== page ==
Reverie Knights Tactics Game Review – A fun tactical RPG light on tactics

A fun tactical RPG light on tactics

Reverie Knights Tactics is a simple tactical RPG, one with a lot of potential that’s never quite explored as much as it perhaps should be. There is undeniable fun to be had in this 10-15 hour title though, with three acts of increasing difficulty and some satisfying battling.

The game is held back by its archetypal characters and a battle system crying out for more depth than what we’ve given.

The bulk of the play-time is split into two distinct areas. The first, plays out like a graphic novel with cut-scenes and hand-drawn backdrops for you to interact with your teammates. There are also world maps, with your party moving from one area to the next, courtesy of a dotted line and a circular area unlocking, signifying a new battle area, cutscene or puzzle to explore.

The rest of your game-time sees you thrust into battles that take place across isometric grids (more on that in a minute.)

There’s nothing particularly bad about the story writing but it’s not exactly inspired either. The plot falls into all the usual fantasy clichés with very little in the way of pizzazz or memorable segments.

You’ve got the medley band of misfits from different races teaming up, the overarching fetch quest, the betrayal from a teammate and the evil presence threatening to wipe out the world.

The game’s main protagonist is Aurora, a cleric of Tanna-Toh, the Goddess of Knowledge. Aurora starts her journey and soon teams up with Brigandine, Fren and Hellaron to combat the evil plague spreading across the world. In order to do that, she’s tasked with traveling to the long-lost Elven city to save her loved ones.

Spicing things up is the promise that “every decision you make can alter the story.” In its simplest form, this falls to an Order/Chaos system, that differs your choices for what happens to your party and a few key moments across the world. However, this is much closer to a big decision like the nuclear bomb in Fallout 3 rather than something as intricate and weaving as Detroit: Become Human.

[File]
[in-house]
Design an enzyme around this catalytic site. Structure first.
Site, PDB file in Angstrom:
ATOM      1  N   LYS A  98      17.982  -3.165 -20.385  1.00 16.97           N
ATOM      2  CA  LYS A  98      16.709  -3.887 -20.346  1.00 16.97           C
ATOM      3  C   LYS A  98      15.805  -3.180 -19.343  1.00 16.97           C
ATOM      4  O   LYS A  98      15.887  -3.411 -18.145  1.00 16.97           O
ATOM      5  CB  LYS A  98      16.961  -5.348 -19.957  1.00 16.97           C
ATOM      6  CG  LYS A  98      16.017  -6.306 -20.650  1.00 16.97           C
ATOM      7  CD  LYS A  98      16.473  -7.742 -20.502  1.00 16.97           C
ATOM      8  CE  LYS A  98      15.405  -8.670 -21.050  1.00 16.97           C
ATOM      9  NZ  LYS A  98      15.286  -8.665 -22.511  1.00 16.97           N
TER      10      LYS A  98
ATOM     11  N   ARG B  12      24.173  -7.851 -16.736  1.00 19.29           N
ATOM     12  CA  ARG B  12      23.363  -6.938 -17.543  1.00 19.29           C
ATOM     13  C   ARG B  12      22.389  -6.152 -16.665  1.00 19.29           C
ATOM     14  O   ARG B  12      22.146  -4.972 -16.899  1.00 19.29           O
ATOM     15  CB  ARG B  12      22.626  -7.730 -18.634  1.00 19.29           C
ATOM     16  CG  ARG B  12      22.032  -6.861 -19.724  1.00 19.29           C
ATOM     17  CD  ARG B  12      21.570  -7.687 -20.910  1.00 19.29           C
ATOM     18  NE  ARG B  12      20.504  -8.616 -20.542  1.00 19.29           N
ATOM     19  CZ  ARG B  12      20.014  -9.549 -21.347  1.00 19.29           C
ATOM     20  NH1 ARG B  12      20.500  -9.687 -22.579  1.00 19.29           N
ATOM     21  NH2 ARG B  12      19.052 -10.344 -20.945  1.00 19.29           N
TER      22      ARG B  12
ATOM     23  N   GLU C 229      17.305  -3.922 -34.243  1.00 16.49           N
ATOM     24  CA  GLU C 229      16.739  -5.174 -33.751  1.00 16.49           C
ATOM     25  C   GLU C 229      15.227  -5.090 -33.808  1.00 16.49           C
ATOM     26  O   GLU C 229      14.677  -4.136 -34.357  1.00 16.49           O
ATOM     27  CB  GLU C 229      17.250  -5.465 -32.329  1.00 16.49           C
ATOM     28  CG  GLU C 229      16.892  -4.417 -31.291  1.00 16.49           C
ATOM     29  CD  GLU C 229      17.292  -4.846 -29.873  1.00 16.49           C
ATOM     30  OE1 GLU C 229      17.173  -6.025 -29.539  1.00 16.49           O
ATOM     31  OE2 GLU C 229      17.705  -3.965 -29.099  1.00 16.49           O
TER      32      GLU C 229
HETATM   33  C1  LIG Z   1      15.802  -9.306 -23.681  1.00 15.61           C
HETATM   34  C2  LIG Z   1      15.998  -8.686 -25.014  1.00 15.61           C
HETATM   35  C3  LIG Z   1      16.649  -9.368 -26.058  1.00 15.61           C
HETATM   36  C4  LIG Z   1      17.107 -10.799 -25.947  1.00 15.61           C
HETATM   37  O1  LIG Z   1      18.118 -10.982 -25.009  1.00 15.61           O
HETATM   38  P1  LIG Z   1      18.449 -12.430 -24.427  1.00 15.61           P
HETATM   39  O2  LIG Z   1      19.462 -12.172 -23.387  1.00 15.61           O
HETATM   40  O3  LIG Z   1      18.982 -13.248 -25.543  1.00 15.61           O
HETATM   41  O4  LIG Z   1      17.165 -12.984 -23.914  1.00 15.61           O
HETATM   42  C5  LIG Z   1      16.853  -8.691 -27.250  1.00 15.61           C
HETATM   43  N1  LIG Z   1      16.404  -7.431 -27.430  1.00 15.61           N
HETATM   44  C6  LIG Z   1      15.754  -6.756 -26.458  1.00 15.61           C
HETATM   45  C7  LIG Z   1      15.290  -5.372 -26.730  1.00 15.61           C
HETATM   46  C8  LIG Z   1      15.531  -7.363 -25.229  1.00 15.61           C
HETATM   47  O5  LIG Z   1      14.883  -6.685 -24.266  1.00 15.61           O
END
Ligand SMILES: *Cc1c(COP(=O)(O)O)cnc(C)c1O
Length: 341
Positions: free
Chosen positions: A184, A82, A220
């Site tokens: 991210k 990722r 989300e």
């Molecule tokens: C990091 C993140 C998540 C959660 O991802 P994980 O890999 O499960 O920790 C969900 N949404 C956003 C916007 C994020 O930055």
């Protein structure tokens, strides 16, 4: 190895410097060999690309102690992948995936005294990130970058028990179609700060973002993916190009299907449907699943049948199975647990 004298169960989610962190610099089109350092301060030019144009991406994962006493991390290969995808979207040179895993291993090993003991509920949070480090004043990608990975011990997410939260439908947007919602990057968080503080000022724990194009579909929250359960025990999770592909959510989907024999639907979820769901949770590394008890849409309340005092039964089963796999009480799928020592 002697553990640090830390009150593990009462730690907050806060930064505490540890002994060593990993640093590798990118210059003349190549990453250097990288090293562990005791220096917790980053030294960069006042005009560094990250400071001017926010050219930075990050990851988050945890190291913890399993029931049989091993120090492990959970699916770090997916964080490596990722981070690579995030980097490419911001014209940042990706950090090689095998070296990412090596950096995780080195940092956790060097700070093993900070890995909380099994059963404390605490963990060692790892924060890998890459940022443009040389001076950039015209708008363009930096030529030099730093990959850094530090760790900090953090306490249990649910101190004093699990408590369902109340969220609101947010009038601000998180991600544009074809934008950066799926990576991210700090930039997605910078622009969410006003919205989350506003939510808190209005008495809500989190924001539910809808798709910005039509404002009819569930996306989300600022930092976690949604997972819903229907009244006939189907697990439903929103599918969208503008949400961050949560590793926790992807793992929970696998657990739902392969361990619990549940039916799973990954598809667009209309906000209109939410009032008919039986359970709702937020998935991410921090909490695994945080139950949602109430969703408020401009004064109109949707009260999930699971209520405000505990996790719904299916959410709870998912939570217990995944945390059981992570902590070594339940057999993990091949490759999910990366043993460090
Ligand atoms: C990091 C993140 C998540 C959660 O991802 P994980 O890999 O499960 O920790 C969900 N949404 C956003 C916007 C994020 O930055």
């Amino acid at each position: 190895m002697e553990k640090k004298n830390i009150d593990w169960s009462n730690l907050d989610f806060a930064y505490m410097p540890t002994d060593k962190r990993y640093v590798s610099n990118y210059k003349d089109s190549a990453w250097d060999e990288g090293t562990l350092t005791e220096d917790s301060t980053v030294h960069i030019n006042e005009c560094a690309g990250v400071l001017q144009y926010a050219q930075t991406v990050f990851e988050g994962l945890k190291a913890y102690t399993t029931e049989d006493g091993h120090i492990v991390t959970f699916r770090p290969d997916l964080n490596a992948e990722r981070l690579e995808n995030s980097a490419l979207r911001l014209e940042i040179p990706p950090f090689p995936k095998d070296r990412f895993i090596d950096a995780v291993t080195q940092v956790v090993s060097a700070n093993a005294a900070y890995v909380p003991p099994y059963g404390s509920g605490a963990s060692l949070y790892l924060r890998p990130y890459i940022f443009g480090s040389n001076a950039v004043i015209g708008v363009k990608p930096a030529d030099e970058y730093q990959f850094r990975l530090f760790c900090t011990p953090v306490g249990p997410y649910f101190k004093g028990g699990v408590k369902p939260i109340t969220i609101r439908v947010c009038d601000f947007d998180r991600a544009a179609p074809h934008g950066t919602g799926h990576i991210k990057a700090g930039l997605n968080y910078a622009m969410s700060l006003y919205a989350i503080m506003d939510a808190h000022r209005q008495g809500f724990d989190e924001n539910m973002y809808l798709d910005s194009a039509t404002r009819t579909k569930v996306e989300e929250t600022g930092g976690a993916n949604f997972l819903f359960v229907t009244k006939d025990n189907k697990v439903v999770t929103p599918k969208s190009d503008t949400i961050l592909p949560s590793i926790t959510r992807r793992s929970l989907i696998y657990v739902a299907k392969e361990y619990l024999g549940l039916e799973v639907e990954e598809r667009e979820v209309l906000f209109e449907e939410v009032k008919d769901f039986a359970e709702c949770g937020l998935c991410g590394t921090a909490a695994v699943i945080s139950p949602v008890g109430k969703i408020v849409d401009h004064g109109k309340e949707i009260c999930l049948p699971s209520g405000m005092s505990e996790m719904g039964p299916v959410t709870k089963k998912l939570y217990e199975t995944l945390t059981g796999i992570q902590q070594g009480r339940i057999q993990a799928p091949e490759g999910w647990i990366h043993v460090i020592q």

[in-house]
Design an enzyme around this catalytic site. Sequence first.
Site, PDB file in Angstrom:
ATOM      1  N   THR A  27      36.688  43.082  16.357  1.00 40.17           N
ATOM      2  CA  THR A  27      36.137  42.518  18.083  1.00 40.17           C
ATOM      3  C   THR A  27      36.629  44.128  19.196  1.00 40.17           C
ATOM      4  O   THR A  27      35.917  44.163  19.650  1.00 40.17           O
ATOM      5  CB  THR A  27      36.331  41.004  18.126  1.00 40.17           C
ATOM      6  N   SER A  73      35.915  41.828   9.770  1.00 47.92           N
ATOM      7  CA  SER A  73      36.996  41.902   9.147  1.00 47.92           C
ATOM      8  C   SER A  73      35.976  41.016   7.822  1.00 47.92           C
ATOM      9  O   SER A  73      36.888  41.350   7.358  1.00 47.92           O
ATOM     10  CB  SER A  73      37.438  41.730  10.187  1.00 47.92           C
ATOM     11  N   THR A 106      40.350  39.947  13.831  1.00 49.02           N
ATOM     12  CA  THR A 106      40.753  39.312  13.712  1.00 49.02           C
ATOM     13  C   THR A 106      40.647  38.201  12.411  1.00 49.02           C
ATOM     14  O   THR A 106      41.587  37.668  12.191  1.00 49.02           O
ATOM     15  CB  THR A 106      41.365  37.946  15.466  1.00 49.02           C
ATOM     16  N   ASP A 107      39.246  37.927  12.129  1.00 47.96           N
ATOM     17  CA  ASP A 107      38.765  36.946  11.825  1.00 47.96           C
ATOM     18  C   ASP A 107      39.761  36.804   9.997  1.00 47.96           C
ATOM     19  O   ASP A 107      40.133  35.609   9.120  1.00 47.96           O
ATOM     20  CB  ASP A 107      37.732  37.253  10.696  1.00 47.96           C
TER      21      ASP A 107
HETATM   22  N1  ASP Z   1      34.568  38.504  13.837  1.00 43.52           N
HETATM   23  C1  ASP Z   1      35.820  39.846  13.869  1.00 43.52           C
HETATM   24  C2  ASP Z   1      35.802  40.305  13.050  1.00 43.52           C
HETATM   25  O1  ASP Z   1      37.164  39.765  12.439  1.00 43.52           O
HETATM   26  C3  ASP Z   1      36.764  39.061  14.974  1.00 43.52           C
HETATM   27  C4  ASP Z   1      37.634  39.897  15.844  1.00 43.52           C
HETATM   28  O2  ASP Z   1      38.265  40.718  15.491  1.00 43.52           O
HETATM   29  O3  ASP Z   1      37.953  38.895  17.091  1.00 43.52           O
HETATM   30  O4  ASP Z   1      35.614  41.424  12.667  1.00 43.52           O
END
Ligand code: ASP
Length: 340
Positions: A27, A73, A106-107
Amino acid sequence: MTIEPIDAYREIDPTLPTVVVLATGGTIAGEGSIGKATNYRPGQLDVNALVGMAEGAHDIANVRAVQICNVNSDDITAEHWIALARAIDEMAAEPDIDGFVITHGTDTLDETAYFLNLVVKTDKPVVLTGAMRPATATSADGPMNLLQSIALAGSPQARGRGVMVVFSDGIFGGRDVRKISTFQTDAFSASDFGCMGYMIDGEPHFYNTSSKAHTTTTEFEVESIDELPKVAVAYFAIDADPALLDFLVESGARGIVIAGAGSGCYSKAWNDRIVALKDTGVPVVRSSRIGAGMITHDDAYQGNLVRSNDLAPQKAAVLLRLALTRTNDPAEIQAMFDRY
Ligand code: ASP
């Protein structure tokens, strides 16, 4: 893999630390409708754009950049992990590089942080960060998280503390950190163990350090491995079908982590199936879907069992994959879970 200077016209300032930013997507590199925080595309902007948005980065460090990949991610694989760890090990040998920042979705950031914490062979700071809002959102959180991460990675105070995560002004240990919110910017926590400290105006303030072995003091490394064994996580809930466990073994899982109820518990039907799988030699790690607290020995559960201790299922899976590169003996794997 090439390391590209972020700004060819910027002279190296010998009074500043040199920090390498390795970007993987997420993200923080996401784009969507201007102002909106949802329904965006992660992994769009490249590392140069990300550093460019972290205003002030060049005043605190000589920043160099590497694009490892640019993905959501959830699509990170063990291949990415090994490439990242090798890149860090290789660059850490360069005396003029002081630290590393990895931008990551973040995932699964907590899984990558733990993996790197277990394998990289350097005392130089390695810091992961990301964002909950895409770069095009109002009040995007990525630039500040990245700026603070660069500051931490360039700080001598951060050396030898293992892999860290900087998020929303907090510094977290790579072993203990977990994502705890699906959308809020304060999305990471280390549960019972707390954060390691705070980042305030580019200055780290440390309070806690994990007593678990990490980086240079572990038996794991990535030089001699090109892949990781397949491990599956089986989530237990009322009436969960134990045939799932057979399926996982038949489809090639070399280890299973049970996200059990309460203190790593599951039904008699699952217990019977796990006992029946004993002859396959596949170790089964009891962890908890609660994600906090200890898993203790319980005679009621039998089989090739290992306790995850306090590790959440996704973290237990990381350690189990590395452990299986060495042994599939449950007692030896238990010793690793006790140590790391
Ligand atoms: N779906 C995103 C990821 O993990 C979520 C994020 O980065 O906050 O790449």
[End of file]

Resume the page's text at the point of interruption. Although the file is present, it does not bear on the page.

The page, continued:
Despite presenting itself as a tactical RPG, there really isn’t that much to the game’s tactical battles. However, that’s not to say this isn’t a lot of fun.

Your characters are each given two action points (AP) to be used per turn. These can be spent by using items, moving across the board or attacking. However, if you choose to stay rooted to the same spot, a more powerful variation of an ability or spell is granted, allowing you to do more damage.

Environmental hazards help to mix things up, which can be struck to either inflict damage or clear a path through to a different section. Treasure chests usually hold a few trinkets too, although enemies can actually claim these for themselves.

The abilities for each of your characters range from ice blasts to quick jabs from spears, all the way through to a cloned version of oneself to confuse the enemy. However, each of the four characters has a very specific purpose, which you’ll realize quickly as you start to gain control of each one.

The enemies themselves are nicely designed but this is another game that falls prey to the “change colour for harder variation” trope. It’s used quite a lot too, and that’s particularly problematic when you start facing the same enemy repeatedly and realize they all use pretty much the same two or three moves.

The actual battle speed is also pretty slow too. This is something that players picked up on prior to release, and to be fair the devs have responded to this, giving the option to speed up enemy turns.

Seeing developers actually engaging with players and making these sort of changes deserves to be applauded and gives this game some major brownie points from this reviewer.

At the end of each battle, you’re granted experience points, with extra awarded on top of that for completing certain tasks. While this in itself is a nice inclusion, it also reinforces Reverie Knight Tactic’s biggest problem – it’s linearity. You see, these battles are one-off affairs and can’t be repeated again. There are no random battles out in the field, nor exploration across the map, just one straight path to the end.

While I appreciate the incentive here is not to be completely overpowered and steamroll through the game, part of the joy with RPGs is that level grind, slowly becoming better and stronger to tackle harder foes. Without a gripping and utterly enthralling story to prop it up, this is a real disappointment.

This also negates the whole skill tree progression to an extent, as leveling up feels artificially driven rather than organic. Given each of your players fall into a distinct class, granting skill points is tipped in favour of who you’re playing as. After all, you wouldn’t want to max out the strength of your healer!

Aesthetically though, Reverie Knights Tactics is a real looker. The gorgeous hand-drawn cutscenes, character models and backgrounds really pop and stand-out.

The team seem to know this too, with a few sections allowing you to click and collect items on these beautiful backdrops. I’m certainly not complaining though, and these sections, allowing you to drink in your surroundings, are easily the highlight of the whole game.

As a personal gripe though, it would have been nice to see more variation with the enemies and new spells to be used, which would have been a great inclusion to really show off the prowess of this talented art team.

Despite its story flaws and simple battle tactics, this is still a fun game to play. With no microtransactions, predatory lootboxes or noteworthy bugs at launch, this is not a bad title to splash £20 on.

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  • Verdict - 6/10

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